Updated at 12:31 p.m. ET

The Fulton County District Attorney's office has launched a criminal probe into former President Donald Trump's attempts to overturn Georgia's election results, including a call pressuring Republican Secretary of State Brad Raffensperger to "find" enough votes for him. The county includes Atlanta, Georgia's capital.

After an election that saw record voter turnout, with many of those voters casting their ballots early and by mail, some Republican state lawmakers are proposing a wave of new voting laws that would effectively make it more difficult to vote in future elections.

The proposals come in the aftermath of the unprecedented onslaught of disinformation about the conduct of the 2020 election by former President Donald Trump and some of his allies in the Republican Party.

It's been more than a week since the Georgia Senate runoff elections delivered control of Congress to Democrats.

But inside the Bartow County, Ga., Senior Center on Tuesday, a dozen teams worked in pairs to do a hand recount of more than 43,000 votes cast in the Jan. 5 runoffs.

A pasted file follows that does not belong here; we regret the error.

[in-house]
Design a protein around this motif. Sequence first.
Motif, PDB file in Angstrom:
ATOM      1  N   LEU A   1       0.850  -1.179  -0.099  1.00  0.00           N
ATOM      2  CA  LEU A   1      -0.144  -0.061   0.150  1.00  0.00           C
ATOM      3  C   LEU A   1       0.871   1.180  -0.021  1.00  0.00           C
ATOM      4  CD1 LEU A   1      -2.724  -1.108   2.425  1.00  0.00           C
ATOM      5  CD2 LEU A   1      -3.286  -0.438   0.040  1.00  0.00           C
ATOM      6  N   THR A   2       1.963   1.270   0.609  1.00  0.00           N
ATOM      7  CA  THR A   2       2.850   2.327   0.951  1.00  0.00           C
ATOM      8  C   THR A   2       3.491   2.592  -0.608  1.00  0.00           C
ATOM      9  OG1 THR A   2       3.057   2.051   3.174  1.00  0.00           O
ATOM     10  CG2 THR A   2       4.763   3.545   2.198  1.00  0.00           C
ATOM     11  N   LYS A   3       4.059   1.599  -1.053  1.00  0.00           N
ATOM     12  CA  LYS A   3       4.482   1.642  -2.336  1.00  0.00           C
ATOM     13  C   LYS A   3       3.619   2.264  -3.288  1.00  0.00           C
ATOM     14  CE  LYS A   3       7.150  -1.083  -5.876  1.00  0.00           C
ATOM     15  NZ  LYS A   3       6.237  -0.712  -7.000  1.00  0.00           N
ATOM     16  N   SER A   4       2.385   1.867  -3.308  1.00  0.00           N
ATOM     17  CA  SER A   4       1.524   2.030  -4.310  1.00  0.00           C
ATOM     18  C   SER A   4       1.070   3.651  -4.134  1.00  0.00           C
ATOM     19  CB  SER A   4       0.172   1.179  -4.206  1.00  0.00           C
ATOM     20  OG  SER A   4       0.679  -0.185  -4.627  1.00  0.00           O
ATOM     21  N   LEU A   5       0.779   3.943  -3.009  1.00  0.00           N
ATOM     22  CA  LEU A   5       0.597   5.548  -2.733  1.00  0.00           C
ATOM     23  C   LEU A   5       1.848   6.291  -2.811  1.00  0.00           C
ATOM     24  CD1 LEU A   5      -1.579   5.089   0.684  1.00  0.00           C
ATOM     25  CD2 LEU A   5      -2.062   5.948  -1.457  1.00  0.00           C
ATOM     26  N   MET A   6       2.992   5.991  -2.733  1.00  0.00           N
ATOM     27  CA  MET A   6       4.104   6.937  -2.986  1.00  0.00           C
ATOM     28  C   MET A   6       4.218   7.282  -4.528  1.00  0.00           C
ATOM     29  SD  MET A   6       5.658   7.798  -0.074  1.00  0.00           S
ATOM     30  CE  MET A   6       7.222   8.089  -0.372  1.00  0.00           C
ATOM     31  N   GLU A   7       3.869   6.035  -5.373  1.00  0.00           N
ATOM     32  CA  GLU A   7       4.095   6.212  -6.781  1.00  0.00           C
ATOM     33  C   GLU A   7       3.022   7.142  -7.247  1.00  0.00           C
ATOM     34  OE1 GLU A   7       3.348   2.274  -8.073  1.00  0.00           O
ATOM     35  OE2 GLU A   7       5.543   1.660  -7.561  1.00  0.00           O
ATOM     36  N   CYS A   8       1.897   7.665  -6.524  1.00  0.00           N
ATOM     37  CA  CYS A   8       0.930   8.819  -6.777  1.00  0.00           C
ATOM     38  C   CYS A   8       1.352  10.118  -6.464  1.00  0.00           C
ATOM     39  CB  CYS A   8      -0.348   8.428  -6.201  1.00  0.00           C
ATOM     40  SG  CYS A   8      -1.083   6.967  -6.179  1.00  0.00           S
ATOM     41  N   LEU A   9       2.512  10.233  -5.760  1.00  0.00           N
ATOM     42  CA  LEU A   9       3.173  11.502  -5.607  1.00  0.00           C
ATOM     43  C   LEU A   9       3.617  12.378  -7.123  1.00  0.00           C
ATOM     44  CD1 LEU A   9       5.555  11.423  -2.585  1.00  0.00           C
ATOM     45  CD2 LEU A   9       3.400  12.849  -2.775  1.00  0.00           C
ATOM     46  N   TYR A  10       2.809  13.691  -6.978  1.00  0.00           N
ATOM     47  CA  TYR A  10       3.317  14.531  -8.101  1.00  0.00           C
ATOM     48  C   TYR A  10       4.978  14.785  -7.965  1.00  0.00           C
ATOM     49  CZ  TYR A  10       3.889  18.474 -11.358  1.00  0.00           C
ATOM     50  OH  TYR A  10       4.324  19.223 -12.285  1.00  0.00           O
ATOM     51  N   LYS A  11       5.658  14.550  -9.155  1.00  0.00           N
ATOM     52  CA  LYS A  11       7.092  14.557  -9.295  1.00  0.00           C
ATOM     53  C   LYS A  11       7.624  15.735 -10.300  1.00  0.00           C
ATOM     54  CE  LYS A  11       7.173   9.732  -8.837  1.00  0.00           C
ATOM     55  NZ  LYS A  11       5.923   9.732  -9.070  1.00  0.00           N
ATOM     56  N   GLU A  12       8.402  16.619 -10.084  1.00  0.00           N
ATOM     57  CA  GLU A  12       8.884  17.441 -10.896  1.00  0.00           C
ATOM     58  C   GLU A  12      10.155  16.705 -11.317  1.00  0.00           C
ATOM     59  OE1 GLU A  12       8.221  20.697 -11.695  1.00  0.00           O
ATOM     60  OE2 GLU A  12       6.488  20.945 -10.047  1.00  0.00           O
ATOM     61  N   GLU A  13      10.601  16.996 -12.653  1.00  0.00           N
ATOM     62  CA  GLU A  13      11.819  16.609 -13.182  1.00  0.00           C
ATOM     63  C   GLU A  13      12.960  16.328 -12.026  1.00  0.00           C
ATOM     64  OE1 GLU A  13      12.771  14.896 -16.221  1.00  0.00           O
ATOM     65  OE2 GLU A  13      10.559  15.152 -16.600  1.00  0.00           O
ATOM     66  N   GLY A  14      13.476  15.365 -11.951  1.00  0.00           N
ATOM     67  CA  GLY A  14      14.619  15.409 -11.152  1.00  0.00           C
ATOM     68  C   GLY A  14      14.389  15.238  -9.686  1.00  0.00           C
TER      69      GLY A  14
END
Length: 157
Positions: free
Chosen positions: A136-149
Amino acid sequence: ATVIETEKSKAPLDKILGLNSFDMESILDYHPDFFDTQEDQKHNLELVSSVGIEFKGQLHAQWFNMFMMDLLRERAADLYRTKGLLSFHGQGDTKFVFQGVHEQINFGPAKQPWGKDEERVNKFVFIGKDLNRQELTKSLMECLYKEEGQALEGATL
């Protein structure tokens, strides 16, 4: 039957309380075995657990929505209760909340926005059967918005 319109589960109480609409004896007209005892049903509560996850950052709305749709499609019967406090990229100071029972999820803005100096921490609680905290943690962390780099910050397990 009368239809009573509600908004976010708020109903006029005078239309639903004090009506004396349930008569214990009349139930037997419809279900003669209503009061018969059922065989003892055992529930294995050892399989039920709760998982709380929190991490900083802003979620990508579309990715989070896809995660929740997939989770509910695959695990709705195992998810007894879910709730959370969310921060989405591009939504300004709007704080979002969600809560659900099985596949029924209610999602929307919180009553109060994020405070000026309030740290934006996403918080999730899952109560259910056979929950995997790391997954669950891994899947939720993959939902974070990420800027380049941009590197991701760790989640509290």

The final margin for the races are outside the threshold for a recount, and the voters in this county an hour northwest of Atlanta are about 75% Republican — so the result isn't close, or expected to change.

Updated at 9:15 p.m. ET

An angry President Trump pushed Georgia Secretary of State Brad Raffensperger, a fellow Republican, to overturn the state's presidential election result and appeared to at least partly blame Raffensperger for what could be lower turnout in Tuesday's runoff elections, which will decide control of the U.S. Senate, according to a recording of a phone call obtained by Georgia Public Broadcasting.

Georgia's nearly 5 million votes in the presidential race will be counted for a third time, as President Trump's campaign has formally asked for a recount because his loss is within the legal margin for that request.